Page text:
The announcement of HCL Technologies
that it was acquiring select products from IBM
for $1.8 billion did not go down well with the Street. Despite the management’s assertion of $625-650 million incremental revenues over the next couple of years, with margins of 50 per cent, the stock shed about 5 per cent.
The Street is concerned about execution and management bandwidth to drive the product business, incremental investments required to expand the business, and the sales potential.
Key concerns, according to analysts at ICICI Securities, are about the ability of the company to maintain margins at 50 per cent, revenue growth potential not fructifying, lower focus on organic growth and near term pressure on cash flows. The company has indicated that it will raise debt of $300 million while the rest of funding for the acquisition will come from internal accruals. About 48 per cent of the deal value is expected to be paid at the end of the deal closure (mid-2019), while the balance is to be paid a year after. The company had cash and cash equivalents just under $1.6 billion at the end of the September quarter.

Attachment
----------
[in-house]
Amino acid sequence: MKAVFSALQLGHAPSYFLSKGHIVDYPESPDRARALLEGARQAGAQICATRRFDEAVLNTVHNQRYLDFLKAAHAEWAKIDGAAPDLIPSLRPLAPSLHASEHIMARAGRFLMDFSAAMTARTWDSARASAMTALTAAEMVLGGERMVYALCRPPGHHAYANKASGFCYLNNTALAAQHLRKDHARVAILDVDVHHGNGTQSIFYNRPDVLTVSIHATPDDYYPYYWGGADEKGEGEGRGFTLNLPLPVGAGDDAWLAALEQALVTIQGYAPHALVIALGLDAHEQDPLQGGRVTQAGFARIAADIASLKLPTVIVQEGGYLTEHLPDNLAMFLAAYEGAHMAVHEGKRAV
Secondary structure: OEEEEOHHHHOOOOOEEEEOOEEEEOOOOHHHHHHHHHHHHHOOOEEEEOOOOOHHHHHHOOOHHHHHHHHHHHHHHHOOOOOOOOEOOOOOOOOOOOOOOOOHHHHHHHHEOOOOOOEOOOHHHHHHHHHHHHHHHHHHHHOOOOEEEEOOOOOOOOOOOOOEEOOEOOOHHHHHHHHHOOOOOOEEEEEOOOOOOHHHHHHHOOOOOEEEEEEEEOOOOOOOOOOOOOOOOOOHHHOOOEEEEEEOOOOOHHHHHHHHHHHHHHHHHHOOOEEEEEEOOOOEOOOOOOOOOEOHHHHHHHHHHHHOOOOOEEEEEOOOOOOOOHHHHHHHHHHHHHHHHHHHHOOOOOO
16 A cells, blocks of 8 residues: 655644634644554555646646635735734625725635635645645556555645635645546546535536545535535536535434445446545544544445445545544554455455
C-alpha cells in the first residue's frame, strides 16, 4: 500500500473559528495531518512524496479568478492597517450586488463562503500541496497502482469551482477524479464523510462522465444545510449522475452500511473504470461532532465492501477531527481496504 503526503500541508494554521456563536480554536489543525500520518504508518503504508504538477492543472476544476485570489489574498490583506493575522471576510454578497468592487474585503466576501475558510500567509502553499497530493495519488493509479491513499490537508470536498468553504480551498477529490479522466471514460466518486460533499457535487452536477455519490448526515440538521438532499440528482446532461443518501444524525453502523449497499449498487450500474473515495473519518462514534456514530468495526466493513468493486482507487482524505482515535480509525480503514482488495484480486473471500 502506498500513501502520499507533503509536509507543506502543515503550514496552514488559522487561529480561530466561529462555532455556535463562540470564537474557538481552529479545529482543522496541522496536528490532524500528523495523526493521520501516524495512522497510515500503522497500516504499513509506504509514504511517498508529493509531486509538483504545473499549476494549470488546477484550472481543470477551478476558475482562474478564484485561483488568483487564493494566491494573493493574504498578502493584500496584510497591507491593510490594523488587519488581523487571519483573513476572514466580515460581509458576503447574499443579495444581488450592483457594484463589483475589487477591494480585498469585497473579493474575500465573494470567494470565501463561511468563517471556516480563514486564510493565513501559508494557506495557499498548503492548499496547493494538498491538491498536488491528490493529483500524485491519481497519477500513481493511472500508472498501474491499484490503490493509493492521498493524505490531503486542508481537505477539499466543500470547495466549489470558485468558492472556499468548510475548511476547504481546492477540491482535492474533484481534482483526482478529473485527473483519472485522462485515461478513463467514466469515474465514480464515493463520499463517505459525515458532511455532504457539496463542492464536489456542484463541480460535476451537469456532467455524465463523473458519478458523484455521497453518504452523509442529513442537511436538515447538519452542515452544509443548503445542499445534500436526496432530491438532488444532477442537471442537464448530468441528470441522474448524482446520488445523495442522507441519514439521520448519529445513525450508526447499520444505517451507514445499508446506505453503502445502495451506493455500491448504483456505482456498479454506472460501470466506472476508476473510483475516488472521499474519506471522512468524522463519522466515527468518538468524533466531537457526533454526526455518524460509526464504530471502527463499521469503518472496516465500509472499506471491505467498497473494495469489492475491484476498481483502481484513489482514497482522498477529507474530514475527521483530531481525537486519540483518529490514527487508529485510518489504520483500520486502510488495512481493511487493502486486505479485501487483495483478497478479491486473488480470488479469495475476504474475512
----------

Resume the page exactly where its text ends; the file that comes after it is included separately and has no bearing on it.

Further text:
While the deal is cash earnings per share basis there is uncertainty at the net profit level about the benefits once depreciation and amortisation charges are applied. While the company has purchased seven products from IBM, it had an existing relationship with the company for five of these. Including the earlier intellectual property related partnerships, the total investments in the products is $2.6 billion. Analysts believe the additional debt and upfront investments could strain cash flows in the near term.
In addition to the large client base that the company will get for the products and existing cash flows, the product business will also help it bundle its services and digital businesses to the acquired clients. Further it also gives it access to new markets and clients and an addressable market size of $50 billion. While these are positives analysts believe that the tilt towards inorganic segment for driving growth could put pressure both on revenues and margins.
Given the concerns about the ability of the company to scale up the acquired business, brokerages are cautious.